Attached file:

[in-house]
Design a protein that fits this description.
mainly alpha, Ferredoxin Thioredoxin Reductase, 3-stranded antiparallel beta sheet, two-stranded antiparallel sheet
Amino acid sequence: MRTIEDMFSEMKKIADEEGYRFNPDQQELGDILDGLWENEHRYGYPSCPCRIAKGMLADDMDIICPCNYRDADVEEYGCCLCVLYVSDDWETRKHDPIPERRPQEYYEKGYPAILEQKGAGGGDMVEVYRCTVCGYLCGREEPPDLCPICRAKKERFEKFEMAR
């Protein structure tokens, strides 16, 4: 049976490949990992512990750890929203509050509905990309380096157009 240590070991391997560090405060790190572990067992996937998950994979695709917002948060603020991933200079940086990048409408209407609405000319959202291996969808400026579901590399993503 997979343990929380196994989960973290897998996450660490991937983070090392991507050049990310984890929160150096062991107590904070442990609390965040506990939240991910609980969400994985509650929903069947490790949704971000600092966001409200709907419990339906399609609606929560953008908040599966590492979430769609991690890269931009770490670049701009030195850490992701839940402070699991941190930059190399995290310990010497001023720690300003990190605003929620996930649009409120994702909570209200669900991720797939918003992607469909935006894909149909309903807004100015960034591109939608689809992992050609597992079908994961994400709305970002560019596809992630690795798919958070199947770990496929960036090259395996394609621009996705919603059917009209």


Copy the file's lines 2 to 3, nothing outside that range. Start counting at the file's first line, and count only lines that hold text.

Design a protein that fits this description.
mainly alpha, Ferredoxin Thioredoxin Reductase, 3-stranded antiparallel beta sheet, two-stranded antiparallel sheet